New publication by the Stingele lab on electro-elution-based purification of covalent DNA-protein cross-links

Weickert P, Dürauer S, Götz MJ, Li HY, Stingele J (2024) Electro-elution-based purification of covalent DNA-protein cross-links.Nat Protoc., doi: 10.1038/s41596-024-01004-z Link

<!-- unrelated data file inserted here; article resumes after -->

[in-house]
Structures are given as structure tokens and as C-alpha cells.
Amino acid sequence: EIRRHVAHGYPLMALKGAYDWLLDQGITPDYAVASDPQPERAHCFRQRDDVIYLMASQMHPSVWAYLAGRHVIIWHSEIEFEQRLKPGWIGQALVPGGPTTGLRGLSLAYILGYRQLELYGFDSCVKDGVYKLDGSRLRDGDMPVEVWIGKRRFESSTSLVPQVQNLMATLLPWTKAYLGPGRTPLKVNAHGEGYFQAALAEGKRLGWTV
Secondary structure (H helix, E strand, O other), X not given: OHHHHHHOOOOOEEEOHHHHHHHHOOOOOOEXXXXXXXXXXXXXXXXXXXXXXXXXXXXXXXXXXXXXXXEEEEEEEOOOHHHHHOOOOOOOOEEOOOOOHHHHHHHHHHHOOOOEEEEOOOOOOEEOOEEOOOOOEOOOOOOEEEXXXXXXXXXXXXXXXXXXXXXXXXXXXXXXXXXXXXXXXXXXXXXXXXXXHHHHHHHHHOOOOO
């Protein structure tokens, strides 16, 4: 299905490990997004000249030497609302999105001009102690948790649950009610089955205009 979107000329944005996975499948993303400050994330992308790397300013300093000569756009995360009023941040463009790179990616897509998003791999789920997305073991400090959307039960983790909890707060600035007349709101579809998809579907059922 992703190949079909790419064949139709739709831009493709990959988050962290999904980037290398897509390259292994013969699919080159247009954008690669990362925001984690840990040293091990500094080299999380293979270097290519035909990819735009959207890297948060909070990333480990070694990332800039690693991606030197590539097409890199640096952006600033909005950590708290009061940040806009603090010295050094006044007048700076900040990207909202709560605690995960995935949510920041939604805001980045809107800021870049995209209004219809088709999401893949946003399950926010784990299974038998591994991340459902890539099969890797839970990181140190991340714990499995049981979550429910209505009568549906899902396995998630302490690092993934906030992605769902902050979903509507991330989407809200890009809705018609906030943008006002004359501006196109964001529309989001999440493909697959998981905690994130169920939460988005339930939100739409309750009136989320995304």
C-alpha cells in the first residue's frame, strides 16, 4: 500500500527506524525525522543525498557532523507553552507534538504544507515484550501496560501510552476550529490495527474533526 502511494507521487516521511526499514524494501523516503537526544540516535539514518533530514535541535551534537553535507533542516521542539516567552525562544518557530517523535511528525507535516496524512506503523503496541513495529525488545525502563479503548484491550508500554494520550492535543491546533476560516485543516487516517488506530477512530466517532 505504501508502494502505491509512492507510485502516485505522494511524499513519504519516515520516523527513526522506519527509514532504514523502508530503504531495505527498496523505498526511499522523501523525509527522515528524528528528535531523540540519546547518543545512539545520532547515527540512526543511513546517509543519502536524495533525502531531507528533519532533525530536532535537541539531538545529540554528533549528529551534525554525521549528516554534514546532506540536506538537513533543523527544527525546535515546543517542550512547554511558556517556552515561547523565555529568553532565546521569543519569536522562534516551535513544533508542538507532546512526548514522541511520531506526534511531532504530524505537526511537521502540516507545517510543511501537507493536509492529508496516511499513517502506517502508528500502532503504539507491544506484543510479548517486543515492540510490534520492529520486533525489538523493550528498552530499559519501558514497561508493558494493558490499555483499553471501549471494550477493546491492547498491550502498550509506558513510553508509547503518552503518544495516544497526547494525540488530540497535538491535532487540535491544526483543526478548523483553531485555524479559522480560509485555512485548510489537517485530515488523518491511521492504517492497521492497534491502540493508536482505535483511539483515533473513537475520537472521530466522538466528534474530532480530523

Covalent DNA–protein cross-links (DPCs) are pervasive DNA lesions that challenge genome stability and can be induced by metabolic or chemotherapeutic cross-linking agents including reactive aldehydes, topoisomerase poisons and DNMT1 inhibitors. The purification of x-linked proteins (PxP), where DNA–cross-linked proteins are separated from soluble proteins via electro-elution, can be used to identify DPCs. Here we describe a versatile and sensitive strategy for PxP. Mammalian cells are collected following exposure to a DPC-inducing agent, embedded in low-melt agarose plugs and lysed under denaturing conditions. Following lysis, the soluble proteins are extracted from the agarose plug by electro-elution, while genomic DNA and cross-linked proteins are retained in the plug. The cross-linked proteins can then be analyzed by standard analytical techniques such as sodium dodecyl-sulfate–polyacrylamide gel electrophoresis followed by western blotting or fluorescent staining. Alternatively, quantitative mass spectrometry-based proteomics can be used for the unbiased identification of DPCs. The isolation and analysis of DPCs by PxP overcomes the limitations of alternative methods to analyze DPCs that rely on precipitation as the separating principle and can be performed by users trained in molecular or cell biology within 2–3 d. The protocol has been optimized to study DPC induction and repair in mammalian cells but may also be adapted to other sample types including bacteria, yeast and tissue samples.

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